Why God Became a Man
A Conversation with Anselm's Cur Deus Homo
by Tami Jelinek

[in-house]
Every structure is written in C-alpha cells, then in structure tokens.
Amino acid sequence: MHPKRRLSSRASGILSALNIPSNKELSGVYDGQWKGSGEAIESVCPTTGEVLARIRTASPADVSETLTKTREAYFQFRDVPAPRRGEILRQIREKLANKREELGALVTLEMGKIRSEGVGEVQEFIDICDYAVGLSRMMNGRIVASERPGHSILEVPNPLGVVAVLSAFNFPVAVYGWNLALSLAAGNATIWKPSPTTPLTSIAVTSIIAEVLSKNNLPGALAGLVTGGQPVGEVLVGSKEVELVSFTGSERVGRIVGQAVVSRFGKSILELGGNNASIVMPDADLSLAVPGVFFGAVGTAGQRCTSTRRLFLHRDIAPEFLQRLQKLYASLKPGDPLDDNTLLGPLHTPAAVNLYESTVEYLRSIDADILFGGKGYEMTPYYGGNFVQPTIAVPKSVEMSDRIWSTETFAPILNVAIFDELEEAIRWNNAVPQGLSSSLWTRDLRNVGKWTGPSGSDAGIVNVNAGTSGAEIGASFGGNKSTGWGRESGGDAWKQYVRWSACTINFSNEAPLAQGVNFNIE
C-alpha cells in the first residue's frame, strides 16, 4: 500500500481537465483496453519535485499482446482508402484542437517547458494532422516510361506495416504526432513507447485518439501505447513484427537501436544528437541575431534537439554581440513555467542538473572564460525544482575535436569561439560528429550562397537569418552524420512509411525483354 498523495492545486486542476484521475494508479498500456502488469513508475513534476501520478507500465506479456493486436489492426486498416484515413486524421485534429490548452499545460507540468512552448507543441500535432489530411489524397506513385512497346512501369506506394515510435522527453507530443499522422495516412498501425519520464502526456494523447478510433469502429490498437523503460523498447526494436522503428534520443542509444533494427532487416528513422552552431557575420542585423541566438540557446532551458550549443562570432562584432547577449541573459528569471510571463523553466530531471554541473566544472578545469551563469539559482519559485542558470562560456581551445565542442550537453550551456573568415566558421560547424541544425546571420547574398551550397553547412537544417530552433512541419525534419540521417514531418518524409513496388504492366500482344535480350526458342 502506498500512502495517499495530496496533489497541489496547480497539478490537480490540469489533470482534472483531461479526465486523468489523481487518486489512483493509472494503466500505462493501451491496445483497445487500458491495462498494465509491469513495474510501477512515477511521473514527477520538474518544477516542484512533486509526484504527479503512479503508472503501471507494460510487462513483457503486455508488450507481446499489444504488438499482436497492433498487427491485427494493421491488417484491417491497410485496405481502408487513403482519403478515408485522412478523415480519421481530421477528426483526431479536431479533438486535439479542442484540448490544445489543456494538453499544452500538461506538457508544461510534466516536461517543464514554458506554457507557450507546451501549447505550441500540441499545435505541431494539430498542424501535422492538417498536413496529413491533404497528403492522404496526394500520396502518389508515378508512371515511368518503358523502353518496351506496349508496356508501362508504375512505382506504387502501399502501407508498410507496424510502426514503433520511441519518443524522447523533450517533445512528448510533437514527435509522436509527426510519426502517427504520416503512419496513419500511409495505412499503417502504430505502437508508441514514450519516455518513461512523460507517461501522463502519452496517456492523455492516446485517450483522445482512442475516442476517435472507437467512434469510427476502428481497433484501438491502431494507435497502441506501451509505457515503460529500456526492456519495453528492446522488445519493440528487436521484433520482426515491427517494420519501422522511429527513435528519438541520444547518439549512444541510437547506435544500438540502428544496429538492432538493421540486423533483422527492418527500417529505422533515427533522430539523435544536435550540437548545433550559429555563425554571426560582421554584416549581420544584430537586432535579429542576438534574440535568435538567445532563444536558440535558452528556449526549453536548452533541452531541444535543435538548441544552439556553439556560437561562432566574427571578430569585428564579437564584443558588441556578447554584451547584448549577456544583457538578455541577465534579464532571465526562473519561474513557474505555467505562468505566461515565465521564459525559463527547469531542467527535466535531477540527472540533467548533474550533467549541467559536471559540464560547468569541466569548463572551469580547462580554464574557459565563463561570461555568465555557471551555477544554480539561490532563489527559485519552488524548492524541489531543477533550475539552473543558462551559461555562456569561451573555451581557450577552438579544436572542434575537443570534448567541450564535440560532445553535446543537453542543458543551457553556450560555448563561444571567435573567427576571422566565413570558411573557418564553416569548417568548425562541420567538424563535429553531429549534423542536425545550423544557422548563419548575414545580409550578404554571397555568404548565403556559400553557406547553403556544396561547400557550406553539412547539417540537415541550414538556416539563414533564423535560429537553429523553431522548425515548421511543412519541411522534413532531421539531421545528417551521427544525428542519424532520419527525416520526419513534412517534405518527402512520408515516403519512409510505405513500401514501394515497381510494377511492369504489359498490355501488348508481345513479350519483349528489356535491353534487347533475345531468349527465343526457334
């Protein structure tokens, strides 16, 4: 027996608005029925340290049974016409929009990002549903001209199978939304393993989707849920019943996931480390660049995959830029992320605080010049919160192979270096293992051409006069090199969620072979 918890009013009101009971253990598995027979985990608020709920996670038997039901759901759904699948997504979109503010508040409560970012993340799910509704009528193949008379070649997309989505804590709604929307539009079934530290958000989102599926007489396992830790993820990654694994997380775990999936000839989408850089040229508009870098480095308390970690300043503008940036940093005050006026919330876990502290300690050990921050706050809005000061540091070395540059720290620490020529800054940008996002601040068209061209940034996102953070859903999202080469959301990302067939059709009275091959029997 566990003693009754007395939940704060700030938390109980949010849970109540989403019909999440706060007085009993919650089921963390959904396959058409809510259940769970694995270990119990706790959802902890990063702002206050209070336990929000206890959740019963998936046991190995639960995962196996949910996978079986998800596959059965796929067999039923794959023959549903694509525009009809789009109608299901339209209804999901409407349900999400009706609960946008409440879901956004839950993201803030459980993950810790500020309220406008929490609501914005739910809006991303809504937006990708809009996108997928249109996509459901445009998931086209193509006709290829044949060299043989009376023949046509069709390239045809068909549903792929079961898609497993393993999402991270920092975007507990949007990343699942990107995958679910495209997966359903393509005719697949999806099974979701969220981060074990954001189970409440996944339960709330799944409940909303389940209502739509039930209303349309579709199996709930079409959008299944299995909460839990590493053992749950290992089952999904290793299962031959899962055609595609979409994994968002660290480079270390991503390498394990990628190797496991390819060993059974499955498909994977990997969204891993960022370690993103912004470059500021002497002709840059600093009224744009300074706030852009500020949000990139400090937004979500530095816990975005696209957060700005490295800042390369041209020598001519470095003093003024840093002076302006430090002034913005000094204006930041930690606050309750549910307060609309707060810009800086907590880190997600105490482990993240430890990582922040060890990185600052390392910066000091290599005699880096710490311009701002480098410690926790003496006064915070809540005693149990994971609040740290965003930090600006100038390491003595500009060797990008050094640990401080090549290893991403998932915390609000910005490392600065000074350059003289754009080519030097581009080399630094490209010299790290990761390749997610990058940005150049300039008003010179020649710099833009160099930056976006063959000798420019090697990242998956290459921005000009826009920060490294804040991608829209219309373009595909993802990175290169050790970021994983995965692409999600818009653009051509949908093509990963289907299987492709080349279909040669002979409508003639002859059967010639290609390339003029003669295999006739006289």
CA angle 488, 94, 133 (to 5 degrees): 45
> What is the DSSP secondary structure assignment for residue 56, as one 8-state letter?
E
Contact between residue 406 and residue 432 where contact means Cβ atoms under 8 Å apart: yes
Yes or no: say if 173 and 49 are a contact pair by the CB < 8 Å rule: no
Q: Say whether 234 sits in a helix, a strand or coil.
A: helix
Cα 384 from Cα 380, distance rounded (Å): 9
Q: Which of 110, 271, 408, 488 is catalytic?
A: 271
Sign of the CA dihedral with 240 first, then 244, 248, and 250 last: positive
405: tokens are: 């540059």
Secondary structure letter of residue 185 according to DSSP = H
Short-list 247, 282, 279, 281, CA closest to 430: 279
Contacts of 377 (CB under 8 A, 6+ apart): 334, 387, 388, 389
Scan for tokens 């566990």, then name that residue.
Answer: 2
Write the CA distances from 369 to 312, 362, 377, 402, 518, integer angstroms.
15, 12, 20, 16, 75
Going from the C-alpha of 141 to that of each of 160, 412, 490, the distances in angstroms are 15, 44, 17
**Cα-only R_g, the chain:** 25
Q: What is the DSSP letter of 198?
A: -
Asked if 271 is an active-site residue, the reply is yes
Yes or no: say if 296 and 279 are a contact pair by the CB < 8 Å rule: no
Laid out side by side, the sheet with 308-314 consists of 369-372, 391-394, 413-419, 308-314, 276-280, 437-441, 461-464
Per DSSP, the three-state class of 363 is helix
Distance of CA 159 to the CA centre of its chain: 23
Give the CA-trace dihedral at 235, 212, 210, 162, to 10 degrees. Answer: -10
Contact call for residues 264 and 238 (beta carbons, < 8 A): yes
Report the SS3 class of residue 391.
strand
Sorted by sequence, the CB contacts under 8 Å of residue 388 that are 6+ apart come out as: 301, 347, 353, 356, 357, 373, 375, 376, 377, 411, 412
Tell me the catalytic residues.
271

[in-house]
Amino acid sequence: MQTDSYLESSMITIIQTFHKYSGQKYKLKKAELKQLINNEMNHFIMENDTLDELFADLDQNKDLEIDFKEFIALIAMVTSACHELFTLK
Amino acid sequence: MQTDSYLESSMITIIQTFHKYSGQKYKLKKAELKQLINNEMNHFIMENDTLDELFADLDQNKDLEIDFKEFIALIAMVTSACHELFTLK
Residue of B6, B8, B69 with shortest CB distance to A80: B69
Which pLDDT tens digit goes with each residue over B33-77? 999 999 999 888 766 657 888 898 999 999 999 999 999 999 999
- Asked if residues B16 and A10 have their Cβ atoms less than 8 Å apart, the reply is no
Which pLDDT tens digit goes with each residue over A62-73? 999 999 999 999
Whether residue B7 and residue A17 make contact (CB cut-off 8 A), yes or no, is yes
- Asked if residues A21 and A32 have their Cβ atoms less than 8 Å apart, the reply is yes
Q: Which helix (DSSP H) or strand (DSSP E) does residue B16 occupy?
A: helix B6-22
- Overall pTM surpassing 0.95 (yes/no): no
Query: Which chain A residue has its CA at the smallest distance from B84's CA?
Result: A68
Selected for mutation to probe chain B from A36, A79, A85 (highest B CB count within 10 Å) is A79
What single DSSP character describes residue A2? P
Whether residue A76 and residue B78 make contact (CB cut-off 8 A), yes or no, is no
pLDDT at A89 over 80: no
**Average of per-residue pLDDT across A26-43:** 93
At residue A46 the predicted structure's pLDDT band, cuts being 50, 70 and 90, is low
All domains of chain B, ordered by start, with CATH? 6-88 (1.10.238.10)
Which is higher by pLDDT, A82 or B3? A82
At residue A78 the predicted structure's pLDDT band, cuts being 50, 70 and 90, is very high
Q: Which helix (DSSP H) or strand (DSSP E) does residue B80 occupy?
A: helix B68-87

Anselm of Canterbury (1033-1109), sometimes called “The Father of Scholasticism,” was Archbishop of Canterbury from 1093 until his death. This paper converses with his work Cur Deus Homo (lit. “Why the God-Man?”), which scholars have paralleled with Romans 3, and specifically Paul’s view of the atonement as “satisfaction” (Gr. Hilasterion). Part one of this paper examines Anselm’s arguments in light of the text of Romans 3, and considers whether Anselm was faithful to Paul. Part two examines Anselm’s view of sin, humanity’s responsibility for sin, and how Christ’s sacrifice overcomes sin by making satisfaction to God. Part three discusses some of the strengths and weaknesses of Anselm’s arguments; and part four critiques Anselm with attention toward the biblical, logical and pastoral implications of his theology as presented in Cur Deus Homo.
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